Last week, I shared my personal choices for the Best Classroom Q&A Posts in 2017.
Now, it’s time for the top ten most popular posts of the year:
1. * How to Practice Restorative Justice in Schools
Shane Safir, Jen Adkins, Timothy Hilton, Crystal T. Laura, and Mark Katz share their commentaries on applying restorative practices in schools.
2. * Several Ways We Can Teach Social Studies More Effectively--Part One
This post includes guest responses from three talented and experienced educators: Stephen Lazar, Bill Bigelow, and Sarah Kirby-Gonzalez.
3. * The Best Ways to Engage Students in Learning
Responses in this column come from Julia Thompson, Myron Dueck, Bryan Harris, and Debbie Silver.
4. * ‘Doing’ Geography Instead of ‘Studying’ It
Today’s guest responses come from Kelly Young, from whom I’ve learned more about teaching than from anyone else; Elisabeth Johnson, who is the best social studies teacher I’ve ever seen; middle school educator Lisa Butler; and Matt Podbury, who teaches Geography at an International School in France.
5. * So, You Want To Be A Principal?
Justin Baeder, Allan R. Bonilla, and Josh Stumpenhorst share their reflections.
6. * Mistakes Teachers Make In Reading Instruction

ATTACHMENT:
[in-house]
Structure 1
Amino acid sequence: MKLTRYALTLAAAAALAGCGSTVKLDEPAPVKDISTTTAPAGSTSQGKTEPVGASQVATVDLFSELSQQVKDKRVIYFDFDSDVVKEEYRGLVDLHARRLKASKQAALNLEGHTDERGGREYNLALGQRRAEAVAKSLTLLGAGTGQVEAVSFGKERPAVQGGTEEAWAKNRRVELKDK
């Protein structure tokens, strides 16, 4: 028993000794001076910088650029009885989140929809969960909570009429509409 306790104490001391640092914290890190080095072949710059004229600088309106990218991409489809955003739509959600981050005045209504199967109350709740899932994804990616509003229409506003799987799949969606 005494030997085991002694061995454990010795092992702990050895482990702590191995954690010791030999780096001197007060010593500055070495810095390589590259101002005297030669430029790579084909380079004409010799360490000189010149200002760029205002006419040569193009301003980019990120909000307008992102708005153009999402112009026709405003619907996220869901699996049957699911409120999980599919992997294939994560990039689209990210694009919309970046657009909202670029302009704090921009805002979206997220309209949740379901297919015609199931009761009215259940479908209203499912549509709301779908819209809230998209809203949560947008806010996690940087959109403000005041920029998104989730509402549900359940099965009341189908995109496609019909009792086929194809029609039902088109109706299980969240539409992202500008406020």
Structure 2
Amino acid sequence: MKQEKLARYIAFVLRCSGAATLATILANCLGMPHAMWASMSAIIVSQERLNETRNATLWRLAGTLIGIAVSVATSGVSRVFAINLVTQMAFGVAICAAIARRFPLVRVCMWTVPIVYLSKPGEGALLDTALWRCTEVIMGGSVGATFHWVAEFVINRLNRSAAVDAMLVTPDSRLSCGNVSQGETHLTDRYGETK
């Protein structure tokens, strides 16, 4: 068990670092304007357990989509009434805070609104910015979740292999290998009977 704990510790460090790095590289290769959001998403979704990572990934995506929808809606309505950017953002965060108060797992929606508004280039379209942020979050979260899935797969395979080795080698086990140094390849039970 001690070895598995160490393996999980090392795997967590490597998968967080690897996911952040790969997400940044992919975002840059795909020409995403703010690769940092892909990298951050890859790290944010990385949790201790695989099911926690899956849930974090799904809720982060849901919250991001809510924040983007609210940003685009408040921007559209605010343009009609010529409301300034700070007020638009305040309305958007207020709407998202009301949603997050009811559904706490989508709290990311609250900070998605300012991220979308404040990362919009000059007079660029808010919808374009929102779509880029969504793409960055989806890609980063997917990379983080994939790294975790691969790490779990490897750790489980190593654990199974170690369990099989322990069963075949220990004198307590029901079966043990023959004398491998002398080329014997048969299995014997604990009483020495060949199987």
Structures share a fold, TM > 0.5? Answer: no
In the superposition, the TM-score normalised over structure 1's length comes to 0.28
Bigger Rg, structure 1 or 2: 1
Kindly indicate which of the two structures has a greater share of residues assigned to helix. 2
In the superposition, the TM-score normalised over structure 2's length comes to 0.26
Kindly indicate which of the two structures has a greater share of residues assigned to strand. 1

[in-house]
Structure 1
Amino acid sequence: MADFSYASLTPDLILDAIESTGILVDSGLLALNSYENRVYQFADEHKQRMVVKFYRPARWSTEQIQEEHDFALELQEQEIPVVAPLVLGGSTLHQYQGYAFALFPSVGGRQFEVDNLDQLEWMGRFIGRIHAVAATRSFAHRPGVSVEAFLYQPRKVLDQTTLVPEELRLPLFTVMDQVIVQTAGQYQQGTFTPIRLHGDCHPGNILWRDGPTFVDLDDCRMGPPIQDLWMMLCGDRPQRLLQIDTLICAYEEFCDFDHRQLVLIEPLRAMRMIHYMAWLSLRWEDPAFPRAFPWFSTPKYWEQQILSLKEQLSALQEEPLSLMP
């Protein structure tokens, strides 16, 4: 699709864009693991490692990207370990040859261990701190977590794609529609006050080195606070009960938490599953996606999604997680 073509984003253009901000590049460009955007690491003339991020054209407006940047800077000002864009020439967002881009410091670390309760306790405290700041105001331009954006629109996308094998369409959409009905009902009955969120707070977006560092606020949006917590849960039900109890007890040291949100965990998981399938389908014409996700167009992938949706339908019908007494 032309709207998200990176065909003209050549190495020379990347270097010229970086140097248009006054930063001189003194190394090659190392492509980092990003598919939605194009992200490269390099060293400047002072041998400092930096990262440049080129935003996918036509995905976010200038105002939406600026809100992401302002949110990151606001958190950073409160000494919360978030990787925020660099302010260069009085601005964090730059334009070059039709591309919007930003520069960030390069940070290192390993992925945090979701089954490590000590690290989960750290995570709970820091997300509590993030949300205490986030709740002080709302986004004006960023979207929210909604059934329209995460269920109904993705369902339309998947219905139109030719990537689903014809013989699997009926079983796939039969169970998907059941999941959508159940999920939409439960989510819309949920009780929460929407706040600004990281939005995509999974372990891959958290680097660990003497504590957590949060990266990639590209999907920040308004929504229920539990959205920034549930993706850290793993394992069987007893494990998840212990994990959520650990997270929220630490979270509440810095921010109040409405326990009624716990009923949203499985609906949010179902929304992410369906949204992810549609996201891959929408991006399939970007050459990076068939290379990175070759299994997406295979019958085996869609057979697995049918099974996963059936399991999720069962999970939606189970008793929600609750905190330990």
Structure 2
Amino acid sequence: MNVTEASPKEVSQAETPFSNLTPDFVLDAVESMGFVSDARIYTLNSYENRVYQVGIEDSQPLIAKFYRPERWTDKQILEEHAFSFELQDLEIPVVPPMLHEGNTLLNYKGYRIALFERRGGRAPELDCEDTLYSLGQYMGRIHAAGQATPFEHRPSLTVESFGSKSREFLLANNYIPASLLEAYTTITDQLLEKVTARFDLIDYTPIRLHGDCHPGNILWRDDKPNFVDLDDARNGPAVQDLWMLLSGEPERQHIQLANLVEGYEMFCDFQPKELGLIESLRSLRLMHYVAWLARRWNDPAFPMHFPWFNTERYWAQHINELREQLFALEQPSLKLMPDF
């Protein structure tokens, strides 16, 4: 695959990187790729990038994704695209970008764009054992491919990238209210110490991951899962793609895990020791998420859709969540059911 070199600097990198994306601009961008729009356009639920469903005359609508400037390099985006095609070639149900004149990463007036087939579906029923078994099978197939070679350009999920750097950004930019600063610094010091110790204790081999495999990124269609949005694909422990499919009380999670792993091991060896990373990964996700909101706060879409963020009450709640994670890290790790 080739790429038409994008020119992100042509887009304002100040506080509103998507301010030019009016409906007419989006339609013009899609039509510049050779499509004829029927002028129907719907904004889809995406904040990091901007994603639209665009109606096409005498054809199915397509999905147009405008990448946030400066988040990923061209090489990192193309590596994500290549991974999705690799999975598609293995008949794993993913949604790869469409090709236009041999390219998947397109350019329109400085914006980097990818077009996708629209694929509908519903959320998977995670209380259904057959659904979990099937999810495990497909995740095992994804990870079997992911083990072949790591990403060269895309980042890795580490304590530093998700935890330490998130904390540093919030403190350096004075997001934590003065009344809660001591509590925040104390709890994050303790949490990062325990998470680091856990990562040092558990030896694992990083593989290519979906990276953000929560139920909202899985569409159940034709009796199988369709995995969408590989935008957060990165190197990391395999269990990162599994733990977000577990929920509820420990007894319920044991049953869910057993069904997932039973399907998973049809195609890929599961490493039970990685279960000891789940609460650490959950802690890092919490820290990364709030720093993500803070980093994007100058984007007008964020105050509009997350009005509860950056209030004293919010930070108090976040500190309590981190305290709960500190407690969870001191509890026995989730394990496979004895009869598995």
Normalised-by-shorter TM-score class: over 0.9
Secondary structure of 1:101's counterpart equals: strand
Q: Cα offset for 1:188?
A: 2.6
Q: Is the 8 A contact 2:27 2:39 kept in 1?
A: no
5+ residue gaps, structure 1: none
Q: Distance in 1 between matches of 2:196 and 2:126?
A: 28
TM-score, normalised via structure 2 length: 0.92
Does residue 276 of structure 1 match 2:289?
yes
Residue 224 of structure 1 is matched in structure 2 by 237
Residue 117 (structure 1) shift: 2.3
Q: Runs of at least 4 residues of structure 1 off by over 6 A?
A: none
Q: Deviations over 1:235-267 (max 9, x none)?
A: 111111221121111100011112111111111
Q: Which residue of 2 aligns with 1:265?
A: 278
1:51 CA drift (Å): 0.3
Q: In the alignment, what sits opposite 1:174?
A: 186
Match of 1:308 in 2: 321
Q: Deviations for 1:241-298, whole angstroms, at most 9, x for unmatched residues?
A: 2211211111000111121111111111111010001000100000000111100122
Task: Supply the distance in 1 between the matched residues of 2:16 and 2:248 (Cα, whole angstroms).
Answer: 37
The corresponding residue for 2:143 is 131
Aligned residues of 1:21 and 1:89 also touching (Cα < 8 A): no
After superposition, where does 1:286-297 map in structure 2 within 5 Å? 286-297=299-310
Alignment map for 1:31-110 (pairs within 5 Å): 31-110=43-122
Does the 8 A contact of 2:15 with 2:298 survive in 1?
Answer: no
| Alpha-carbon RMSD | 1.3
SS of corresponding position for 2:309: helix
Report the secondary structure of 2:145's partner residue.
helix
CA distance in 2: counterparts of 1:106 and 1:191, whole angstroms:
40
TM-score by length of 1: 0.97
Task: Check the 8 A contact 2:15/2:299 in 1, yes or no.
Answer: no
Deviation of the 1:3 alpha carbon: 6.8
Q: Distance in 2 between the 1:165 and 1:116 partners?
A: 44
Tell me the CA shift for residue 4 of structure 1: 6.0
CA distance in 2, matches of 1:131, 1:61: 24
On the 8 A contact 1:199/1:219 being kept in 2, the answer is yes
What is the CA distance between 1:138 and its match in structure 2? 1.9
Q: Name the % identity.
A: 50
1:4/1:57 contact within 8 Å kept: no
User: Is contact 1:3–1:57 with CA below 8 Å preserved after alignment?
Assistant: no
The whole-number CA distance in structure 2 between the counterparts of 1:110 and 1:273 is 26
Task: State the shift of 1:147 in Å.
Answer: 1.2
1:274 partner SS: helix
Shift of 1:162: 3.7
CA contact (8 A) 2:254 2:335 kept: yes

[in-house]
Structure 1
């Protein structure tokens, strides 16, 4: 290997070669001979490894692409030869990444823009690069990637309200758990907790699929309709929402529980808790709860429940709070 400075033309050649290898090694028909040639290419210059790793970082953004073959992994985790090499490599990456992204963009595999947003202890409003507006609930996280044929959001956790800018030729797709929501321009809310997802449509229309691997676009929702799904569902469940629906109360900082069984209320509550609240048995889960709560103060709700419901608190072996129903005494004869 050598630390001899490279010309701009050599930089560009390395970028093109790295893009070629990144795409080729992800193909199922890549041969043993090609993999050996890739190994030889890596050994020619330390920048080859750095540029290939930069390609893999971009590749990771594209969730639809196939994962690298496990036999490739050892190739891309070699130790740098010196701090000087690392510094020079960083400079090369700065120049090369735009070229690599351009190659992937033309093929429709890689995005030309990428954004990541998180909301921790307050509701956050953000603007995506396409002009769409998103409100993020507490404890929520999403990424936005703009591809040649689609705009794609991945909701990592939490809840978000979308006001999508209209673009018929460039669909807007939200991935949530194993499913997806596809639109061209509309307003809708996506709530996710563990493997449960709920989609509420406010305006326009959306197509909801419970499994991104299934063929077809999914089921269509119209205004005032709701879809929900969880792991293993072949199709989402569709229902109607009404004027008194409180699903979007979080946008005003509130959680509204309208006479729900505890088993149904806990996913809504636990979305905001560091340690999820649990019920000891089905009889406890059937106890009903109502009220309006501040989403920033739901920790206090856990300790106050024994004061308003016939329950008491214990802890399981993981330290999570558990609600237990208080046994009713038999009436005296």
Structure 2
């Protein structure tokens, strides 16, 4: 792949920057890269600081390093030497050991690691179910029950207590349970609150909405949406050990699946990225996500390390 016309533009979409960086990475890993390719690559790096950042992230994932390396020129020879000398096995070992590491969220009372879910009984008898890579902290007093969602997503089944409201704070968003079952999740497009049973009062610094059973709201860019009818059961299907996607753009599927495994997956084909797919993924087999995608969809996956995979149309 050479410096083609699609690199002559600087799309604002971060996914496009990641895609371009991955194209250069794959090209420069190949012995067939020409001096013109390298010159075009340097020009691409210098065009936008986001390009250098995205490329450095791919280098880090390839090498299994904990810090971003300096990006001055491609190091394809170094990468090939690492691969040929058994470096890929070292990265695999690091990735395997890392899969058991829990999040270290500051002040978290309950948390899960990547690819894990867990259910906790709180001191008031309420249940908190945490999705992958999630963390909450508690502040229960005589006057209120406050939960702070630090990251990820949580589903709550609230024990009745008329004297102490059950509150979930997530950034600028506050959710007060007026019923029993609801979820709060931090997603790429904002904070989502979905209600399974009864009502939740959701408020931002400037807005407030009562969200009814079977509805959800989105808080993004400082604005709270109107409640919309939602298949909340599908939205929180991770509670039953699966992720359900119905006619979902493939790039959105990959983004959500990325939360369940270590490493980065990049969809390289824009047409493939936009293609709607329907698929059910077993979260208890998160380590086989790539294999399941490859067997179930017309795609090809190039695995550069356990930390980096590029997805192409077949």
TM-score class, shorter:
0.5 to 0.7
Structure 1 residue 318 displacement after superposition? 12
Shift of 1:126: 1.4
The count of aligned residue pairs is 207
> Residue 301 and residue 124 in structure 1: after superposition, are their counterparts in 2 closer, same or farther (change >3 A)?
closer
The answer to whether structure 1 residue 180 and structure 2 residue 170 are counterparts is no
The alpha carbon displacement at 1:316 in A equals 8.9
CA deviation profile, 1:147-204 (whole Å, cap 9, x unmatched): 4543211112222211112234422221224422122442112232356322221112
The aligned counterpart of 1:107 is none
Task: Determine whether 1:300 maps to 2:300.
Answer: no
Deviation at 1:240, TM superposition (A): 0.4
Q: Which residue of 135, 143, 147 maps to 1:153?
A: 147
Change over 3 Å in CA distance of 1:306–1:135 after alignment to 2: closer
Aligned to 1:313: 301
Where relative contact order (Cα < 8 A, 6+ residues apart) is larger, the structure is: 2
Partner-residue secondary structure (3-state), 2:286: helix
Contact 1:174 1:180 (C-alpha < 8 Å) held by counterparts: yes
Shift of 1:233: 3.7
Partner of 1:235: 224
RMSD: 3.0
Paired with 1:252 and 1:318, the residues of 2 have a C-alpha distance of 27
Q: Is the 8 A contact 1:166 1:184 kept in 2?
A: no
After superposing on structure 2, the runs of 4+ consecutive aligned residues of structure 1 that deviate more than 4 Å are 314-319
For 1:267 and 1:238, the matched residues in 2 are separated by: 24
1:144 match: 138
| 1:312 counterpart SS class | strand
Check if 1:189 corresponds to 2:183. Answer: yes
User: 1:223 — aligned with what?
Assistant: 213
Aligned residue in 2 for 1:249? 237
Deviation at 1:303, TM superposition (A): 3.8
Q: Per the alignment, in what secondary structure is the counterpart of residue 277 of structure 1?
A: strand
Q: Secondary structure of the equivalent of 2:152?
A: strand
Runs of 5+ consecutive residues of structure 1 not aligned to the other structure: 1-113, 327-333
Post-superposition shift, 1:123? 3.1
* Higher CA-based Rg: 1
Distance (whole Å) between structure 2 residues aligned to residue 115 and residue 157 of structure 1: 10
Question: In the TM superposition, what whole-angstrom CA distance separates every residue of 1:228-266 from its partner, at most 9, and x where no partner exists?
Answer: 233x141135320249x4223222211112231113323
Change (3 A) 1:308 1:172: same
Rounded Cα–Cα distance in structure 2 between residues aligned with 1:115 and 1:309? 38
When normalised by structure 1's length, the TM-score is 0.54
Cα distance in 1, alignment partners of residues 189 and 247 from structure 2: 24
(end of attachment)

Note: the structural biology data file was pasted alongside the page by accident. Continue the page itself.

Regie Routman, Cindi Rigsbee, Shaeley Santiago, Wiley Blevins, and Dr. Rebecca Alber contribute their ideas.
7. * Ten Elements Of Effective Instruction
Jim Burke and David B. Cohen are the guests for this column.
8. * Ways to Use Class Time During the Last Two Weeks Of School
This post offers suggestions from two exceptional teacher authors: Roxanna Elden and Donalyn Miller.
9. * Classroom Strategies to Foster a Growth Mindset
Professor Carol Dweck and Dr. Lisa Blackwell, the co-founder of the organization designed to help schools be more effective in helping students develop growth mindsets, are the co-authors of this guest response.
10. * Classroom Rules--Ways to Create, Introduce & Enforce Them
Lou Denti, Gini Cunningham, Cindi Rigsbee, PJ Caposey, and readers share ideas about classroom rules--what they should be, how they should be developed, and how to enforce them.
The opinions expressed in Classroom Q&A With Larry Ferlazzo are strictly those of the author(s) and do not reflect the opinions or endorsement of Editorial Projects in Education, or any of its publications.